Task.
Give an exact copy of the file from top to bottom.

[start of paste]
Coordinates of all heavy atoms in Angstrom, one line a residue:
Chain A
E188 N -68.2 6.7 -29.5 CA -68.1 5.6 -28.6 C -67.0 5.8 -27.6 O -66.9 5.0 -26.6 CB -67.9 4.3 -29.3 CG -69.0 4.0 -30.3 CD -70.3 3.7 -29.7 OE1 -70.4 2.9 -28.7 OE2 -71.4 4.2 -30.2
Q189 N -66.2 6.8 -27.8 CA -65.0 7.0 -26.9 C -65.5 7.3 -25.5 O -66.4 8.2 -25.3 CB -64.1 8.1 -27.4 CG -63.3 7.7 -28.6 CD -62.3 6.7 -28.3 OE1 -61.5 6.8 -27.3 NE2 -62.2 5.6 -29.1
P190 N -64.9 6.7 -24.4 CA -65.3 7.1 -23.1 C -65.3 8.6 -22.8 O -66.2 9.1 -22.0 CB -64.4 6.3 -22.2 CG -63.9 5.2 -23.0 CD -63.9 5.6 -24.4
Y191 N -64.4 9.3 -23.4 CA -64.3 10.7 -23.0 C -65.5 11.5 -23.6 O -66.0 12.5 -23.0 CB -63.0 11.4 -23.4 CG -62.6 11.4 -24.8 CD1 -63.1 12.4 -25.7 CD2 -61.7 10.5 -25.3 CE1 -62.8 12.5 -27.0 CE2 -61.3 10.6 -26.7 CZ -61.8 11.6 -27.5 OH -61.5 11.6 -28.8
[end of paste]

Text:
Coordinates of all heavy atoms in Angstrom, one line a residue:
Chain A
E188 N -68.2 6.7 -29.5 CA -68.1 5.6 -28.6 C -67.0 5.8 -27.6 O -66.9 5.0 -26.6 CB -67.9 4.3 -29.3 CG -69.0 4.0 -30.3 CD -70.3 3.7 -29.7 OE1 -70.4 2.9 -28.7 OE2 -71.4 4.2 -30.2
Q189 N -66.2 6.8 -27.8 CA -65.0 7.0 -26.9 C -65.5 7.3 -25.5 O -66.4 8.2 -25.3 CB -64.1 8.1 -27.4 CG -63.3 7.7 -28.6 CD -62.3 6.7 -28.3 OE1 -61.5 6.8 -27.3 NE2 -62.2 5.6 -29.1
P190 N -64.9 6.7 -24.4 CA -65.3 7.1 -23.1 C -65.3 8.6 -22.8 O -66.2 9.1 -22.0 CB -64.4 6.3 -22.2 CG -63.9 5.2 -23.0 CD -63.9 5.6 -24.4
Y191 N -64.4 9.3 -23.4 CA -64.3 10.7 -23.0 C -65.5 11.5 -23.6 O -66.0 12.5 -23.0 CB -63.0 11.4 -23.4 CG -62.6 11.4 -24.8 CD1 -63.1 12.4 -25.7 CD2 -61.7 10.5 -25.3 CE1 -62.8 12.5 -27.0 CE2 -61.3 10.6 -26.7 CZ -61.8 11.6 -27.5 OH -61.5 11.6 -28.8